Talk:Building a Better Masterwork (3.5e Variant Rule)
From D&D Wiki
It may seem like a bizzare question or idea. But I feel that something that's always been missing from D&D's masterwork rules are buildings. I understand that in most cases masterwork items are created by a single artisan, however in the case of certain mythological weapons or such they could only be made by a collection of master crafters. Couldn't a building, built by master builders with the express intention of being of the highest architectural and aesthetic quality be classed as masterwork? These would yes be expensive buildings, so in the real world your looking at things like the Taj Mahal, Imam Mosque, Aya Sofya, city of petra, etc. Can anyone think of rules for something like this(probably to go with Stronghold builders guide)
Question: how do weapons confer a health bonus? Armond 16:12, 17 November 2006 (MST)
- Health bonus? --Pz.Az.04Maus 22:00, 18 November 2006 (MST)
- Table 2-1 and 2-2 (item gives +10 HP and +2 hardness). This, however, is obviously not a quality that the weapon/armor gives the user, but rather that the item itself has. -EldritchNumen 00:55, 19 November 2006 (MST)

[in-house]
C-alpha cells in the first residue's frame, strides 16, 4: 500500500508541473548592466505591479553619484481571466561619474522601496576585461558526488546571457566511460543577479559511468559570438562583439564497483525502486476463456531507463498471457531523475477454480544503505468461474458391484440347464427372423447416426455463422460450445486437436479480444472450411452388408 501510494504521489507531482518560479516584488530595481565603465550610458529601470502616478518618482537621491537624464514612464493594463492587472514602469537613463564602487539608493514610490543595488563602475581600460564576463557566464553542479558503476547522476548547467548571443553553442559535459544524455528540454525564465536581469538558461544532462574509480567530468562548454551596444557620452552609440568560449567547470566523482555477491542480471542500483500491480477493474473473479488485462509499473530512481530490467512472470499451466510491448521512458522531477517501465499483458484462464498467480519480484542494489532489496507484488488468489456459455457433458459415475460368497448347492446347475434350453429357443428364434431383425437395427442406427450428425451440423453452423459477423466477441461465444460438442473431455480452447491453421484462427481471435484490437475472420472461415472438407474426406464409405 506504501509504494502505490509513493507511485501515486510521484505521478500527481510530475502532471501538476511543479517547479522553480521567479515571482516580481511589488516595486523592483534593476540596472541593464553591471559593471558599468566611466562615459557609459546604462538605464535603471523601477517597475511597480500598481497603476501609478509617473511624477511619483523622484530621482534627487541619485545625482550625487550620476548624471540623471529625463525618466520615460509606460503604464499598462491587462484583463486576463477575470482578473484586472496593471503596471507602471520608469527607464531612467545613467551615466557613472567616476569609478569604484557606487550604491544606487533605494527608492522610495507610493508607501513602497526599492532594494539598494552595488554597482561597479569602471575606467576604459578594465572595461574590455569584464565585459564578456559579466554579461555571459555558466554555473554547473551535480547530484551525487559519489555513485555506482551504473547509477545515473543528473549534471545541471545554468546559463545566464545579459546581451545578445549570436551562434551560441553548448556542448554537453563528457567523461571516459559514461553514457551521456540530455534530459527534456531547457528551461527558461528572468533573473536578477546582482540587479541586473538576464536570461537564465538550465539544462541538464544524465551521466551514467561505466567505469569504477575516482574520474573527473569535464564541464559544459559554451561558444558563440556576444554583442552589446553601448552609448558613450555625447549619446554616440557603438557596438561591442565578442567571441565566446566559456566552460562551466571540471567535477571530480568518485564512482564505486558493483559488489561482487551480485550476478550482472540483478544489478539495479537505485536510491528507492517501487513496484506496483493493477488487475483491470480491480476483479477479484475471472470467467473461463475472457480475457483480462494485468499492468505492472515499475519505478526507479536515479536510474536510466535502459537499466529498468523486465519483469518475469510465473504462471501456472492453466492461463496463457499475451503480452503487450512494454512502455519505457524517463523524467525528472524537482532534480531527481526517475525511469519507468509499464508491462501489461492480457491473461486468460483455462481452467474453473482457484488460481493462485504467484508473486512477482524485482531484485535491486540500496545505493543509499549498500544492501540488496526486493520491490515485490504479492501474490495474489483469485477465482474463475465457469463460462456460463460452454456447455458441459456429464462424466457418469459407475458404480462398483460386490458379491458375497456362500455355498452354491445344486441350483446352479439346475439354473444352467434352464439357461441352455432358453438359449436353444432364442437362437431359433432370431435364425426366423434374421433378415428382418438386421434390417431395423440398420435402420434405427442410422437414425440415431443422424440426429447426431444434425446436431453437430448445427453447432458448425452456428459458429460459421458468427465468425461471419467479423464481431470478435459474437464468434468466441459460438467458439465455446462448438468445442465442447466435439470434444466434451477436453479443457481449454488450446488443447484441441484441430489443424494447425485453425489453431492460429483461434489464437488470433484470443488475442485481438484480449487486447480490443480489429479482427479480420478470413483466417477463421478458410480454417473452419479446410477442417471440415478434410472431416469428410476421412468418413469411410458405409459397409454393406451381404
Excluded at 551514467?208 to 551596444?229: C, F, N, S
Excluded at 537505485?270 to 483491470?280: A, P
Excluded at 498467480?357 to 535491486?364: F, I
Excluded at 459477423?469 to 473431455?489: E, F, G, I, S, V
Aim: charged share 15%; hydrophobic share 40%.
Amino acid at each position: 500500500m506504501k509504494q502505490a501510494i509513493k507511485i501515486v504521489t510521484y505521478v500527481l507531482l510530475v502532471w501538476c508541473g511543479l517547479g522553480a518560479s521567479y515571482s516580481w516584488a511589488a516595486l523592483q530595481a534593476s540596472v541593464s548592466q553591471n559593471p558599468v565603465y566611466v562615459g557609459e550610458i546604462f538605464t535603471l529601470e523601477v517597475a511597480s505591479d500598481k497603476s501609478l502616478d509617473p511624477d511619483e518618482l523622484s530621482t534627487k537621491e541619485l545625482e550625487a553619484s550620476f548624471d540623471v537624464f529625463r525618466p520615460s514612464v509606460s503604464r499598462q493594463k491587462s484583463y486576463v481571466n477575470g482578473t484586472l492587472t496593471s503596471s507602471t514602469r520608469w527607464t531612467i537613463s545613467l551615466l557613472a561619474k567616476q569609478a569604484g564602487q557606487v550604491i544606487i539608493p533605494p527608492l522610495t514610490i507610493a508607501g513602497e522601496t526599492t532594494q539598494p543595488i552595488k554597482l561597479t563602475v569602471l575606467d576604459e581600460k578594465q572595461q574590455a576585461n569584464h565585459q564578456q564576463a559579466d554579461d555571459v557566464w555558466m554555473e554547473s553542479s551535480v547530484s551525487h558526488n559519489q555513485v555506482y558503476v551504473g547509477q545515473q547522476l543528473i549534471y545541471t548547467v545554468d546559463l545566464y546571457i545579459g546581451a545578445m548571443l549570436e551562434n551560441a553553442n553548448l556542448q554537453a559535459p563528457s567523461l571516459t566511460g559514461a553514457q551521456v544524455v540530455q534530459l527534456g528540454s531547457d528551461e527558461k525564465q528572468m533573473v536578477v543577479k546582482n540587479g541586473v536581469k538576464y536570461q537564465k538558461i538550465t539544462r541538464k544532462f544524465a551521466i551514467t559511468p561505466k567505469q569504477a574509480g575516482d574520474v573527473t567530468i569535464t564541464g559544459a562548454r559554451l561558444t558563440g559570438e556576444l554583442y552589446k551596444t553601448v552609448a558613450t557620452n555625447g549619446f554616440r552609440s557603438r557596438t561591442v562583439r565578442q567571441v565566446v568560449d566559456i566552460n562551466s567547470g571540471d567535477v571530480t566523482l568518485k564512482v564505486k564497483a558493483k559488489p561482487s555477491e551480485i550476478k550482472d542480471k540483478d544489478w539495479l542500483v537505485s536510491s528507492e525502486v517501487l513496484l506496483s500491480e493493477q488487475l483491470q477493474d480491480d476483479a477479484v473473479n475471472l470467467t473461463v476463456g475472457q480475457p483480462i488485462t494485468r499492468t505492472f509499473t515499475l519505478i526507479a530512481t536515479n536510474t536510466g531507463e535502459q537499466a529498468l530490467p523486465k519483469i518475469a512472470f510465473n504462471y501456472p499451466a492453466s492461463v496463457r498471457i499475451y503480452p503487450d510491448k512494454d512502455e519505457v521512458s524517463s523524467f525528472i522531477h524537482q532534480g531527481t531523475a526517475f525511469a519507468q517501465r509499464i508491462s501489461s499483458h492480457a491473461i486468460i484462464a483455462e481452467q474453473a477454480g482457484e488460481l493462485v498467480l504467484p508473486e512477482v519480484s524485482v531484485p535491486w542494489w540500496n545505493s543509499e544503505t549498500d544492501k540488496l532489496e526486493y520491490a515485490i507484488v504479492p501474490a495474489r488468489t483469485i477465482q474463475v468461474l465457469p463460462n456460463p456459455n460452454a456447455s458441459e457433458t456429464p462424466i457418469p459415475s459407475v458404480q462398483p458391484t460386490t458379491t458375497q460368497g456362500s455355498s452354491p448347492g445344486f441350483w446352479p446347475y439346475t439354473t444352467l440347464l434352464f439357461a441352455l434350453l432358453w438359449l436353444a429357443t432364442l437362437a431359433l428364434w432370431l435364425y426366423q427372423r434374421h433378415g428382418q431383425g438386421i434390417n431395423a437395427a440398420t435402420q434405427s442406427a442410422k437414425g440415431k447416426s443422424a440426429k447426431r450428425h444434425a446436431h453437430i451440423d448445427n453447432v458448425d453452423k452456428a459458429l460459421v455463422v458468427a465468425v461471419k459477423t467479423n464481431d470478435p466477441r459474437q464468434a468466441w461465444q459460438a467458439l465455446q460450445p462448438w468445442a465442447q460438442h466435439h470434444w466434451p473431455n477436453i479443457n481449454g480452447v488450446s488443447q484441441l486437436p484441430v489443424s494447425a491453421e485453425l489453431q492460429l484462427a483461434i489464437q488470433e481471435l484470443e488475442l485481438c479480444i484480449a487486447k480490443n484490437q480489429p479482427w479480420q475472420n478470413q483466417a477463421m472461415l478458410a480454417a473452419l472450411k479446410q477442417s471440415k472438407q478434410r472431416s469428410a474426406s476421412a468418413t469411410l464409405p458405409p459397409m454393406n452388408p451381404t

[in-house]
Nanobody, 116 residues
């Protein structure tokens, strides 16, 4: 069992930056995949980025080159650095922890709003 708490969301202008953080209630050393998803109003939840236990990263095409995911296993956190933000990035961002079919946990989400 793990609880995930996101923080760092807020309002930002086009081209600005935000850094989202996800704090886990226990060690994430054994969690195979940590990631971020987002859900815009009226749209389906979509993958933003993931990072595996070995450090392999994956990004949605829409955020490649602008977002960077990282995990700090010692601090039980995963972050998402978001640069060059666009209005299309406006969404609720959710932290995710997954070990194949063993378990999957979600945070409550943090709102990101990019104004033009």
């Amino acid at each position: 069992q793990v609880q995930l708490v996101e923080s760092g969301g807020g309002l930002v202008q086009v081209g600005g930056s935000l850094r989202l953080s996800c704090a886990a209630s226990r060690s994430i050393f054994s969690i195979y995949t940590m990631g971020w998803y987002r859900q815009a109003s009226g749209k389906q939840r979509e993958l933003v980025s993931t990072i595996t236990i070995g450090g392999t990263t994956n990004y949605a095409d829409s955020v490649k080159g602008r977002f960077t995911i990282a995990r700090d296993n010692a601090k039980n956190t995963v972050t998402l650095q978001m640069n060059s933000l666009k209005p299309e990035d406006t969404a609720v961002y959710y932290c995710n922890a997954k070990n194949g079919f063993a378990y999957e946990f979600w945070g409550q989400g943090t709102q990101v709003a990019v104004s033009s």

- Yeah, I figured that out during my multiple-month hiatus after making the account. :P Armond 12:02, 9 April 2007 (MDT)
Enchanting non-masterwork items?
Another idea you could persue from this would be the cost of enchanting non-masterwork items. The reason for enchanting only masterwork items is rather arbitrary in my view, and I always assumed that there was a cost factor which made it foolish not to use masterwork items for enchantment. What you said about masterwork items being easier to enchant explains this. Perhaps the cost to enchant masterwork items is half the cost to enchant mundane items? As even the most minor enchantments are 1000 gp, or 500 gp in materials for the enchanter, spending 100-300 gp to make an item masterwork to save doubling the enchantment cost is a no-brainer. But... If a good crafter is not available, or if a caster wants a non-descript magic item, this lets the caster do so. I don't think this breaks the system any, just adds a new option. —The preceding unsigned comment was added by Aaror (talk • contribs) 18:35, 24 January 2007 (MST). Please sign your posts!